Every mental and physical blow that is given to the soul, by which, as it were, fire is struck from it, and by which its own power and knowledge are discovered, is Karma, this word being used in its widest sense. Thus we are all doing Karma all the time. I am talking to you: that is Karma. You are listening: that is Karma. We breathe: that is Karma. We walk: Karma. Everything we do, physical or mental, is Karma, and it leaves its marks on us.

Karma and humanism:

Humanism aspects (how you treat your family and society) still stays as scriptures ask you to perform mandatory duties at each stages of life. See the duties mentioned in Maha Nirvana tantra for example.

Now regarding question or doubts if this is really applicable to us or Sanyaasi, see following

** From Chapter 2 of Karma yoga by Swami Vivekanand**

The householder should be devoted to God; the knowledge of God should be his goal of life. Yet he must work constantly, perform all his duties; he must give up the fruits of his actions to God. It is the most difficult thing in this world to work and not care for the result, to help a man and never think that he ought to be grateful,


Mistaking Karma Yoga as karma

You should remember that Gita is talking to Sannyasis and not to worldly folk when Gita asks us to perform actions without desiring for the fruit. Gita is talking about Karma Yoga and not merely about karma. A worldly person would find it very difficult to do karma without desiring for the fruit.

Definition of Karma Yoga

Abandonment of all desire-prompted actions is Samnyasa (renunciation) according to the wise. Men of discernment speak of the abandonment of the fruits of all actions as Tyaga (relinquishment).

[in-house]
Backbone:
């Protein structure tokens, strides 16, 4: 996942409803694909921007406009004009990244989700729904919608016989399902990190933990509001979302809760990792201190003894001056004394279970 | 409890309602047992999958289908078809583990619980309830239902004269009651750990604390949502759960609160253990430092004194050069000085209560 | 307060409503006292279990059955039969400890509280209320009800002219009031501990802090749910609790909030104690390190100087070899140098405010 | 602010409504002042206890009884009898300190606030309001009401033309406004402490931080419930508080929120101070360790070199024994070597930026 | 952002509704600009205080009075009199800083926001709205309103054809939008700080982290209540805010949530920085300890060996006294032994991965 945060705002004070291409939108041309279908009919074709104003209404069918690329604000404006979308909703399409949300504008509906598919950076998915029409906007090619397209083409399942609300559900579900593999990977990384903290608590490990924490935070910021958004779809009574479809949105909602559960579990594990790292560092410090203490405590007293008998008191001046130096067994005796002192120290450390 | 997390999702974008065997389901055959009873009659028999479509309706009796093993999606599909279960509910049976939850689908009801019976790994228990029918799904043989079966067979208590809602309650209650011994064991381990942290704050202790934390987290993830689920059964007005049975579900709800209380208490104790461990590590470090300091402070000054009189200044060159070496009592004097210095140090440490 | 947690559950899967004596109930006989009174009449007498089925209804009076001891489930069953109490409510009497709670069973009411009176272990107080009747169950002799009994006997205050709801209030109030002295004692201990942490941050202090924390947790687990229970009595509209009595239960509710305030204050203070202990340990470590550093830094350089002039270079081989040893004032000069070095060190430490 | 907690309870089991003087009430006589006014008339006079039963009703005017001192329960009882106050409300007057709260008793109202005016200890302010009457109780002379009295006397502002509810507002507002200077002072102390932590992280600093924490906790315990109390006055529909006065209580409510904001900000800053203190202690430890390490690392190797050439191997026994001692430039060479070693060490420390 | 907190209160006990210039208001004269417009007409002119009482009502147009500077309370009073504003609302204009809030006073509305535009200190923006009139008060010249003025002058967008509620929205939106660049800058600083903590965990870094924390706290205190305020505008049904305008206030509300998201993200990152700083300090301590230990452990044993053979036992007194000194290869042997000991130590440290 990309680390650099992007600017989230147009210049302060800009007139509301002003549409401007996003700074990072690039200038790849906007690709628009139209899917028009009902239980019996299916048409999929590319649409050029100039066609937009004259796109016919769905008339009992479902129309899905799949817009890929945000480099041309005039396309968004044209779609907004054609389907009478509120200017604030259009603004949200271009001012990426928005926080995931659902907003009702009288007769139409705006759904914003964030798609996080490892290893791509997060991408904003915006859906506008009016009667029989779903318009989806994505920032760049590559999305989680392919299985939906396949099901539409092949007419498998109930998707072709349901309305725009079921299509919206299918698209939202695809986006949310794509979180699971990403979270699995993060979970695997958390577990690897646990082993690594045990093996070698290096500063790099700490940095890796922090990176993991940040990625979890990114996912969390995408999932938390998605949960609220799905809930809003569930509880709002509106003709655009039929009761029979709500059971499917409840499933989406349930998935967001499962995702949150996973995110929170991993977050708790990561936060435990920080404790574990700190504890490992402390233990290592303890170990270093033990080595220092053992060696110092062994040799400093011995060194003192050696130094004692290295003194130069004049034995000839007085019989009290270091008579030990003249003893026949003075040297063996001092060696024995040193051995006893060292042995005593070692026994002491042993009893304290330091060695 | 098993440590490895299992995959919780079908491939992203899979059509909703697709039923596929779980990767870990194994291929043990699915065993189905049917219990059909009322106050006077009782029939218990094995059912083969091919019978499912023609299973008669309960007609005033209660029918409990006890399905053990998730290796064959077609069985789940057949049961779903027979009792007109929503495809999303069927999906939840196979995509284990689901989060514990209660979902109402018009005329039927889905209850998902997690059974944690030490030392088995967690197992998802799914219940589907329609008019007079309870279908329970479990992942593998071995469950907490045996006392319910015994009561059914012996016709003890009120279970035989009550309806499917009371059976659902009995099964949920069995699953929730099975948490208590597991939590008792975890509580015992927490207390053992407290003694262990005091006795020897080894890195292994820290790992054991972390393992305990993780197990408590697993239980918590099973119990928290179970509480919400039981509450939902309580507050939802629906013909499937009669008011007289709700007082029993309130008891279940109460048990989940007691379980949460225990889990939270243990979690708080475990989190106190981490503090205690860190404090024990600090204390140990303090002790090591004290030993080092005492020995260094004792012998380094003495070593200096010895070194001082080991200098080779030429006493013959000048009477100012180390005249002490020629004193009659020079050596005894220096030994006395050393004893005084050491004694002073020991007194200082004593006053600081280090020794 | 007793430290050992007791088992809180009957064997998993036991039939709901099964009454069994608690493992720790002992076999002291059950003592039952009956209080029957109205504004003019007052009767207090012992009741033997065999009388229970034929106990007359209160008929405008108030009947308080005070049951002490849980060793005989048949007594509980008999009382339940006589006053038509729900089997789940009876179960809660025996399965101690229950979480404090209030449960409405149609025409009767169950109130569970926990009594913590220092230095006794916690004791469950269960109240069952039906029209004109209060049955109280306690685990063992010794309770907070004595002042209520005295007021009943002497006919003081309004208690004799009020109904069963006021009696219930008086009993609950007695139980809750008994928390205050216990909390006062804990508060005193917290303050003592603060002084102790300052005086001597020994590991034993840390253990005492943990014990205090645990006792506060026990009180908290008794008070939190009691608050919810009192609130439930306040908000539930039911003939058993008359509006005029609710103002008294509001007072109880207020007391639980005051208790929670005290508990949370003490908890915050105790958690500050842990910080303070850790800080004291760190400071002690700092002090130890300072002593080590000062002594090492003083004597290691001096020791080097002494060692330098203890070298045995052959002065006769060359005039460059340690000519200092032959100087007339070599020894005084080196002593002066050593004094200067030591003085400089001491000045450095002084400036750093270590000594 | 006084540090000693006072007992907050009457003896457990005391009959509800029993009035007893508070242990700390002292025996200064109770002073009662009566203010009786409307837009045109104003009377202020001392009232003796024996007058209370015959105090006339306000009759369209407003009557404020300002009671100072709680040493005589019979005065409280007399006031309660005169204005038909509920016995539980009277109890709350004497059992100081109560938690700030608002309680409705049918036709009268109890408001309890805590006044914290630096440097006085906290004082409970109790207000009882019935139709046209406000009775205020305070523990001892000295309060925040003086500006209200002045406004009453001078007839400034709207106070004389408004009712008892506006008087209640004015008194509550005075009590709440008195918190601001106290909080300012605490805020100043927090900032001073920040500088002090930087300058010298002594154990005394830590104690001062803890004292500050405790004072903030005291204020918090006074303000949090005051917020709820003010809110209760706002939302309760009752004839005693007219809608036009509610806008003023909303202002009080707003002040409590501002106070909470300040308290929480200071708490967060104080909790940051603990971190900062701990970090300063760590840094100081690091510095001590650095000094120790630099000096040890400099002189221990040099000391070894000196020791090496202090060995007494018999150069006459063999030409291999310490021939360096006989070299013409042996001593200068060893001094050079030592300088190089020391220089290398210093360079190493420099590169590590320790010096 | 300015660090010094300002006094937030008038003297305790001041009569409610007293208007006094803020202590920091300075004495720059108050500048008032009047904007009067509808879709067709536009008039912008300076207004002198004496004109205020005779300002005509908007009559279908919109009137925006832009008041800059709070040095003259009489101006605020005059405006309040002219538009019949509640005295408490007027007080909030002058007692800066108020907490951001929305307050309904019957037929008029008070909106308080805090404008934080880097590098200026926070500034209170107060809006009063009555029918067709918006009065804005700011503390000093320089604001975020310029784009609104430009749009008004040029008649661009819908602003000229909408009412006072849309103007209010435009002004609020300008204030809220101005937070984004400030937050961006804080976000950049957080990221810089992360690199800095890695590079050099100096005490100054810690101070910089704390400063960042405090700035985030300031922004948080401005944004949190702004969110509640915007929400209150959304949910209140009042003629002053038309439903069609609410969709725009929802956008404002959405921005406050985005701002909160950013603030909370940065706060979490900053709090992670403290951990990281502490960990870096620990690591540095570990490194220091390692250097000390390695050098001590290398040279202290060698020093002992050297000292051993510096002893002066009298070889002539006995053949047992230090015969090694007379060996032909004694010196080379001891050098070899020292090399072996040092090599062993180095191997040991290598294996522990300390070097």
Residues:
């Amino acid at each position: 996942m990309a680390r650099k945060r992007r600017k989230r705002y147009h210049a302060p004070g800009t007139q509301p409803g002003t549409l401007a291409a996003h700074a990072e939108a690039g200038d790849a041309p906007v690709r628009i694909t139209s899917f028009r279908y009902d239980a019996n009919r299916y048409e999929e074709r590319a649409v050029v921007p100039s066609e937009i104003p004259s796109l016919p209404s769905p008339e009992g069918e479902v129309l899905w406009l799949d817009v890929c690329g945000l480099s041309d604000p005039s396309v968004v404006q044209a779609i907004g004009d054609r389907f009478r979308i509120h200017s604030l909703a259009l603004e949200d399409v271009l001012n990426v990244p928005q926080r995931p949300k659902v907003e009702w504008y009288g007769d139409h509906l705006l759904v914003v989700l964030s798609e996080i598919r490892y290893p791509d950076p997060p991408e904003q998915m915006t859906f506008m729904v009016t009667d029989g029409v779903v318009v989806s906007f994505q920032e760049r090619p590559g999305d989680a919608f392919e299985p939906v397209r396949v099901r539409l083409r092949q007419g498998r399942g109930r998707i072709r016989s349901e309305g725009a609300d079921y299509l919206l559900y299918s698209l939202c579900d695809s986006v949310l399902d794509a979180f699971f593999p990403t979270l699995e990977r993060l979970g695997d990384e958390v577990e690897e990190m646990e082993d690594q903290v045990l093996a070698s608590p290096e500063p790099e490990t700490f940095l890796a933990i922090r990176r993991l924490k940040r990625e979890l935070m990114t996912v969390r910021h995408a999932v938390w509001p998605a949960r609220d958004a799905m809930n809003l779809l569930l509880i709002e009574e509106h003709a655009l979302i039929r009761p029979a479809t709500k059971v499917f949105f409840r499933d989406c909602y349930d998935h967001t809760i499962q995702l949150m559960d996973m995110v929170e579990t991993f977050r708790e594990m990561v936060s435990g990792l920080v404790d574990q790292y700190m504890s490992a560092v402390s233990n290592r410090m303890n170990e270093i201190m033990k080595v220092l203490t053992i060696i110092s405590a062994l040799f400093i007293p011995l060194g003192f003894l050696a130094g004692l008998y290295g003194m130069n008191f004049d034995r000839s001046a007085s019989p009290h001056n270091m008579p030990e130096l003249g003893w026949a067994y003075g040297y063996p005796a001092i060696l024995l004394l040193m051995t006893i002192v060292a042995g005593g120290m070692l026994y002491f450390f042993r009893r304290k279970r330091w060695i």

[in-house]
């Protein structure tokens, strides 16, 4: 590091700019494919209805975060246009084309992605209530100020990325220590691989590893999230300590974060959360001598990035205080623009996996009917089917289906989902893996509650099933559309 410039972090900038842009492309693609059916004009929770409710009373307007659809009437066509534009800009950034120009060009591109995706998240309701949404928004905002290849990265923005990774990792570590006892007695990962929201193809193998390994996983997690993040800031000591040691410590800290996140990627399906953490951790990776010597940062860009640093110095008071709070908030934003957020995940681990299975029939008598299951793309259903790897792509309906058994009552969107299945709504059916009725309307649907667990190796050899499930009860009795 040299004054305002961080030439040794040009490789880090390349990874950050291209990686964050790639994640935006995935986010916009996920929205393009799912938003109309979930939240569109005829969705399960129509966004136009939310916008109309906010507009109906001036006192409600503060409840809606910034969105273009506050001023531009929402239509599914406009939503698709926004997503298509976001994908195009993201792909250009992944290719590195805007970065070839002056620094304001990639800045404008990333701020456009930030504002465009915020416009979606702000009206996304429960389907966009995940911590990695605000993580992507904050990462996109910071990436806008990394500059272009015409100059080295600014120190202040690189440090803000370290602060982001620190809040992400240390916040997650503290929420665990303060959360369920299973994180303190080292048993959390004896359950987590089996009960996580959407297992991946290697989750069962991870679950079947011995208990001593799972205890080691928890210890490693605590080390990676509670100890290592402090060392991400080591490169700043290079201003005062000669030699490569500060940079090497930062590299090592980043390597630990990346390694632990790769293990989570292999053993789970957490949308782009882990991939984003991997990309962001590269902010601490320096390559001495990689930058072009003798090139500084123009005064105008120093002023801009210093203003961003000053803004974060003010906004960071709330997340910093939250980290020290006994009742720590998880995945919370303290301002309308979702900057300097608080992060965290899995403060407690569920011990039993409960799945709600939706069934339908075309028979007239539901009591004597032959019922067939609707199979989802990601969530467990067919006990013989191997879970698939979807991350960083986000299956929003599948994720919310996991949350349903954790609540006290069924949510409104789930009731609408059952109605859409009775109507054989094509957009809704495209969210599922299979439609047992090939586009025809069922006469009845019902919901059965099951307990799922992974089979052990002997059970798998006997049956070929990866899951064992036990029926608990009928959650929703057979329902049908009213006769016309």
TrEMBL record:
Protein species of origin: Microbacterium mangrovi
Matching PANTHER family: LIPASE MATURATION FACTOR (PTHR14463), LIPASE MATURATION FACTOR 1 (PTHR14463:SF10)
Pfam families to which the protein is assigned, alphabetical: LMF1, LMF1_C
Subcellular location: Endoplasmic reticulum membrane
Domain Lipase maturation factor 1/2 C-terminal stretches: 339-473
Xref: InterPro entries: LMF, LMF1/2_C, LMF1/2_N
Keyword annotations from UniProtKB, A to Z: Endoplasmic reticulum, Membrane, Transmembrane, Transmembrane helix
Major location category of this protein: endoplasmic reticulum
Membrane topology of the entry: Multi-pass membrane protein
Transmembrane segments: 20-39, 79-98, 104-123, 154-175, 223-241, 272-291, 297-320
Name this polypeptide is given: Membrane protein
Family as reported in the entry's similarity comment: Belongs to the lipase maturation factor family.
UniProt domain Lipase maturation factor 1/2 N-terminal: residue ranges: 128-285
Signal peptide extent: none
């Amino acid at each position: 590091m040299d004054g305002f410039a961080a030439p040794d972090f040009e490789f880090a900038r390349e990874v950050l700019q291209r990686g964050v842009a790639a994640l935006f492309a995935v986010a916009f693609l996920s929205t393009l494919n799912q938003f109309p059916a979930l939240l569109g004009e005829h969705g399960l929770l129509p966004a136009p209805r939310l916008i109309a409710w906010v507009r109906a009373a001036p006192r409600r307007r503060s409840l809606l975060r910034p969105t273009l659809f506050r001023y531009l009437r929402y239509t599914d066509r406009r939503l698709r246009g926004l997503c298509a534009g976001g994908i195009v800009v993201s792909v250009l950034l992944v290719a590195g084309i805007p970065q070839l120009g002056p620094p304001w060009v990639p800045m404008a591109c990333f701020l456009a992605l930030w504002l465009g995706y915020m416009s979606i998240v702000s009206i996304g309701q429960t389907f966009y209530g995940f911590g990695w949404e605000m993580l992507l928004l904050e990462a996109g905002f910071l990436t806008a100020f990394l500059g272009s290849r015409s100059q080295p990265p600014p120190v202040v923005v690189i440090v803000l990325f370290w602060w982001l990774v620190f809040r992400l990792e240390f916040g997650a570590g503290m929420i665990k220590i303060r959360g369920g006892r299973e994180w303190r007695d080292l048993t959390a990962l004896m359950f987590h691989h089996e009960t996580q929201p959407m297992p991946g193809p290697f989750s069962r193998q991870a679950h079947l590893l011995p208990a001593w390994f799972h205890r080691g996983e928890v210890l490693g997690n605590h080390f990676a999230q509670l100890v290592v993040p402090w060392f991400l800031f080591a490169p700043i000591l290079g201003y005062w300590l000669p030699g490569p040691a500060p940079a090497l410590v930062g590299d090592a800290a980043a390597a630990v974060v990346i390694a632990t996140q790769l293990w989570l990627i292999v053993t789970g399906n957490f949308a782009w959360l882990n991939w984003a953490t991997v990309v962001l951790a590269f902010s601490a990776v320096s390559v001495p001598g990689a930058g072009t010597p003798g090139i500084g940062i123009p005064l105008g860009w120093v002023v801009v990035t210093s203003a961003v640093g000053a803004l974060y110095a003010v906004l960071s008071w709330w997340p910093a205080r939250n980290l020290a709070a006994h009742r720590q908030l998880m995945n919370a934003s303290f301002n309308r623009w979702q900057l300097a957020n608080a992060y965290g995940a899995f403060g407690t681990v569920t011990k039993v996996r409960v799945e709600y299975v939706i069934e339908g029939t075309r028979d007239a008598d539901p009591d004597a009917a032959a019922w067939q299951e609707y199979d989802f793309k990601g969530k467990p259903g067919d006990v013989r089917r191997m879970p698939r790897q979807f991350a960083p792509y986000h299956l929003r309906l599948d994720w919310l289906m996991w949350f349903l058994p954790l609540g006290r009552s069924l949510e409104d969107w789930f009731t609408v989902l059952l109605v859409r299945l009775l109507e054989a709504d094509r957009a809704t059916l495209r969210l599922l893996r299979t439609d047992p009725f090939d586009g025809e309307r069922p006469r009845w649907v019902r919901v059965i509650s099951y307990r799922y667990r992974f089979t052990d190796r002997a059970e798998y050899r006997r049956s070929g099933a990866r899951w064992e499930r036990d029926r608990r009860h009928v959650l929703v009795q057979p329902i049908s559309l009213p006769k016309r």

Gita 18.2

Ordinary men do karma to earn money and fill their stomachs. They do not have any higher goal. A Karma Yogi does karma to attain the Divine.

Are actions only duties? or are they desires too?

Karmas for a Karma Yogi can be both optional and duties according to the Gita. Karmas for a Karma Yogi have nothing to do with desires.

Works like sacrifice, charity and austerity should not be abandoned. They should be performed; for sacrifice, charity and austerity are indeed purifying for the wise..

Gita 18.5

O son of Prtha! Even these works are to be performed without attachment and desire for their fruits. This is My settled and decisive view.

Gita 18.6

It is not at all proper to renounce works that ought to be done as duty. Their abandonment out of delusion is considered to be of the nature of Tamas.

Gita 18.7

An example of work that is duty is supporting one's widowed mother.

If we continuously perform duties, then we are robots. Why god tell us to perform only duties like machines? I think there must be some humanism too.

Again there is a confusion between Karma Yoga and ordinary Karma. There was in ancient India a debate about the path of action of a Sannyasi. Should he give up all worldly work or should he do work while doing Yoga. Sri Krishna is talking about this issue in the Gita.